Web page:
Hosting Herzog, Jordan’s king condemns ‘tragic attacks that target civilians’
Amid pre-Ramadan spate of Arab terror in Israel, Hashemite ruler warns Israel against restrictions on Muslim worshipers at Jerusalem’s Al-Aqsa Mosque
Lazar Berman is The Times of Israel's diplomatic reporter
President Isaac Herzog met with King Abdullah II in Amman on Wednesday, where the Jordanian monarch condemned Tuesday’s terror attack in Bnei Brak.
The king decried “tragic attacks on civilians on both sides, and especially what happened last night.”
“Every life matters,” Abdullah told Herzog, who flew over from Jerusalem.
However, the Royal Court’s Arabic-language Twitter account was more circumspect, saying only that the king “condemns violence in all its forms.”
As Israel is buffeted by a wave of deadly terror attacks ahead of the Muslim holy month of Ramadan, Abdullah warned Israeli authorities “any measures that might impede the ability of worshipers to reach Al-Aqsa Mosque.”
Last May, tensions in Jerusalem’s Sheikh Jarrah neighborhood before Ramadan spiraled into the most recent Gaza conflict, which left 13 Israelis and hundreds of Palestinians dead, mostly Hamas terrorists, and saw deadly riots inside mixed Jewish-Arab Israeli cities.
Abdullah also stressed the need “not to prejudice” the historical and legal situation in Jerusalem. Jordan has long maintained that its treaties with Israel grant it custodianship over Jerusalem’s Christian and Muslim holy sites; while Israel has never accepted this claim, it grants day-to-day administration of the Temple Mount to the Jordan-funded Waqf.
Herzog thanked Abdullah for his condemnation of the Bnei Brak attack.
“We must fight together against any type of terror and cooperate for the benefit of the security of our nations,” he said during their meeting, according to a statement from Herzog’s office.
“We share common values of prosperity and peace, based on our peace agreement,” Herzog said. “Together, we must now move forward, and we are offering an alternative.
“As against the horrible scenes of yesterday, we offer a different alternative of people-to-people dialogue, of respect, of speaking to each other, of showing the region that there could be a different way,” he said.
Herzog also alluded to concerns of escalating tensions during Ramadan, a key issue in recent talks between Israeli and Jordanian leaders.
“As we enter these holy days, for all three religions, with Easter, Passover, and of course Ramadan, we must move toward enabling everyone to practice their beliefs in safety, in security, in calm circumstances,” he said.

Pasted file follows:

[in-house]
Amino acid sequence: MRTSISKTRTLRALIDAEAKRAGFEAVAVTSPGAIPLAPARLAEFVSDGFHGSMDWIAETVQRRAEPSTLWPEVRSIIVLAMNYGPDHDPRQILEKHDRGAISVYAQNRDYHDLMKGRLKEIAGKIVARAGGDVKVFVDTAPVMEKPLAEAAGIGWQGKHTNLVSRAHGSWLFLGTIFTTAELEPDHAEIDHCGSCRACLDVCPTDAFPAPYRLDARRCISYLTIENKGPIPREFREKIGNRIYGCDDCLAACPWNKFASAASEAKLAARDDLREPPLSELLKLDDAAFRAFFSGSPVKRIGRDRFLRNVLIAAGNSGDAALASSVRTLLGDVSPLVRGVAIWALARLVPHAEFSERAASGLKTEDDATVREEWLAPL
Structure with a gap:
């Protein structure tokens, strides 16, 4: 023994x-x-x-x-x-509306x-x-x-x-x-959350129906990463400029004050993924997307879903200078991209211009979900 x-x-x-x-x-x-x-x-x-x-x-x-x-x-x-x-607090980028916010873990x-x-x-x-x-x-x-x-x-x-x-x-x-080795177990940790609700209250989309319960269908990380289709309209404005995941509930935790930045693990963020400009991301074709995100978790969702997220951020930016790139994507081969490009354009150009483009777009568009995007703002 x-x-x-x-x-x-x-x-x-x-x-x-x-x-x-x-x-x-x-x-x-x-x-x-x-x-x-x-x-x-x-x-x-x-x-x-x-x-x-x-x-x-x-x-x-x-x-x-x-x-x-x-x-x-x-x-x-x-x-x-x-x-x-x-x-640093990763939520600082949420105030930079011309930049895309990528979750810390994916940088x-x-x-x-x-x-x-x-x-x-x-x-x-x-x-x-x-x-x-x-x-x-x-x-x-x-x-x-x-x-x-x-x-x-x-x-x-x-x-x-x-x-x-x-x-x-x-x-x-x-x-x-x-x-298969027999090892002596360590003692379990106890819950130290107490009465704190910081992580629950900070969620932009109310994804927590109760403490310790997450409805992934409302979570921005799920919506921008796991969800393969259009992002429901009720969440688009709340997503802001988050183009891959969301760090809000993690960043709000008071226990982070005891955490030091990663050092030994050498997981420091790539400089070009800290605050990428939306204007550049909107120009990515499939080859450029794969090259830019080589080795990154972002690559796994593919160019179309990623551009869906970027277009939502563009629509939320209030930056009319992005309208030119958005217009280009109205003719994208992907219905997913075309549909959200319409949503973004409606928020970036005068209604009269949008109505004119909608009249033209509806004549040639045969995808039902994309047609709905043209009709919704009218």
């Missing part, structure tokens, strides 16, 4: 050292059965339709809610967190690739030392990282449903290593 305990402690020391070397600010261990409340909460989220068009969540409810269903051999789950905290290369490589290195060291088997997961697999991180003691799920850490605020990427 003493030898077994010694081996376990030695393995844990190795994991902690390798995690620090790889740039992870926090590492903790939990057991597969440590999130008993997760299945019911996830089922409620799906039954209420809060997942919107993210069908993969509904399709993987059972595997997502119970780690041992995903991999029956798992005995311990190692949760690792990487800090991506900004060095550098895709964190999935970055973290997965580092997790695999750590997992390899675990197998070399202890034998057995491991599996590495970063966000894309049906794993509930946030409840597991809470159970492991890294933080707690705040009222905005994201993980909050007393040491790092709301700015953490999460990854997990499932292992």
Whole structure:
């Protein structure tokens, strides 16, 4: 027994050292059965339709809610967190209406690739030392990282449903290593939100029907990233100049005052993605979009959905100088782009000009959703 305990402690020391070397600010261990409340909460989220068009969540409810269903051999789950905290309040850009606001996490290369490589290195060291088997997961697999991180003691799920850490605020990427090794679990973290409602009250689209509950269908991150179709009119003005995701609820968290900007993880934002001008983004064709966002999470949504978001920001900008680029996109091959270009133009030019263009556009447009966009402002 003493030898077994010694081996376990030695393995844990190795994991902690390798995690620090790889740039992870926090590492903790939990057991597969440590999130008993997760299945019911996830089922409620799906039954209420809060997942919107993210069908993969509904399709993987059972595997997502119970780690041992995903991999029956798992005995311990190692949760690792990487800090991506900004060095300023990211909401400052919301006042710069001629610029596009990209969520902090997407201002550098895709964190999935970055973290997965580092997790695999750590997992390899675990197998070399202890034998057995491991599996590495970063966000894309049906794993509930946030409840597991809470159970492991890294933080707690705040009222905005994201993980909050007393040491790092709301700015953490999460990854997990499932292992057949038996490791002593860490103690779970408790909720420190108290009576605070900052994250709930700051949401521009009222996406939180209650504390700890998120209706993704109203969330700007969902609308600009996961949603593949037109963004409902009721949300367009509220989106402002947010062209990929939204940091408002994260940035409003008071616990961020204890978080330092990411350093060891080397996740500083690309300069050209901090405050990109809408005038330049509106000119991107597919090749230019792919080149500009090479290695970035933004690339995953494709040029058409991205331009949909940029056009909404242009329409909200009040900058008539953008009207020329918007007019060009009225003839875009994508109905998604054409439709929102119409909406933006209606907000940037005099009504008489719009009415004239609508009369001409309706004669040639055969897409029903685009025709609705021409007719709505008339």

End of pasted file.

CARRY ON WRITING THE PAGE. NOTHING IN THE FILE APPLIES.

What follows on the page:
Ramadan is likely to begin this Saturday night, assuming the new moon appears.
After flying from Jerusalem, Herzog was received by an honor guard at the Al Husseiniya Palace in Amman, where Israeli flags were prominently displayed.
Herzog and Abdullah then held a private meeting, followed by a diplomatic meeting with both delegations.
Ties on the mend
Abdullah said in 2019 that relations were “at an all-time low” after a series of incidents that prompted Amman to recall its ambassador to Israel.
Things appeared to sink even lower in March 2021, when years of Jordanian frustration with then-prime minister Benjamin Netanyahu boiled over as officials in Amman appeared to accuse him of endangering regional security for political gain and alleged that Israel had violated agreements with them.
But ties with Amman have been improving under the Bennett-Lapid government
In July 2021, Abdullah called Herzog to congratulate him on becoming Israel’s new president.
Earlier that month Prime Minister Naftali Bennett met with the Jordanian king in secret at the crown palace in Amman, in the first summit between the countries’ leaders in over three years.
Foreign Minister Yair Lapid, meanwhile, met with his Jordanian counterpart, Ayman Safadi, on the Jordanian side of the Allenby Bridge crossing. The two announced a deal for Israel to supply Jordan with 50 million cubic meters (65 million cubic yards) of water as it battles a severe drought.
But there is still plenty of tension in the relationship.
In July 2021, the same week Abdullah met US President Joe Biden in Washington, Bennett said that both Jews and Muslims have “freedom of worship” on the Temple Mount, which would be a potentially explosive change after decades of Israel permitting Jews only to visit, but not pray, at the holy site.
Unnamed officials in Bennett’s office had to walk back his comments.
This week, Safadi stayed away from the Negev Summit, where all the foreign ministers from Arab countries that recognize Israel — Egypt, the United Arab Emirates, Bahrain and Morocco — gathered with Lapid and US Secretary of State Antony Blinken in southern Israel. Abdullah made a rare visit to the Palestinian Authority leadership in Ramallah at the same time.
Jordan wasn’t the only regional country with complex relations with Israel to condemn Tuesday’s attack in Bnei Brak. Turkey’s embassy in Israel condemned it as well, in a further sign of warming ties between the two nations.
“We are saddened that at least 5 people lost their lives in the terrorist attack carried out on the evening of 29 March in Bnei Brak. We condemn this terrorist attack,” the embassy said in a statement.
“We are concerned that these attacks, which have increased in recent days, will drag the region back into conflict ahead of the upcoming month of Ramadan and Passover Holiday,” the statement said.
Tal Schneider and Aaron Boxerman contributed to this report.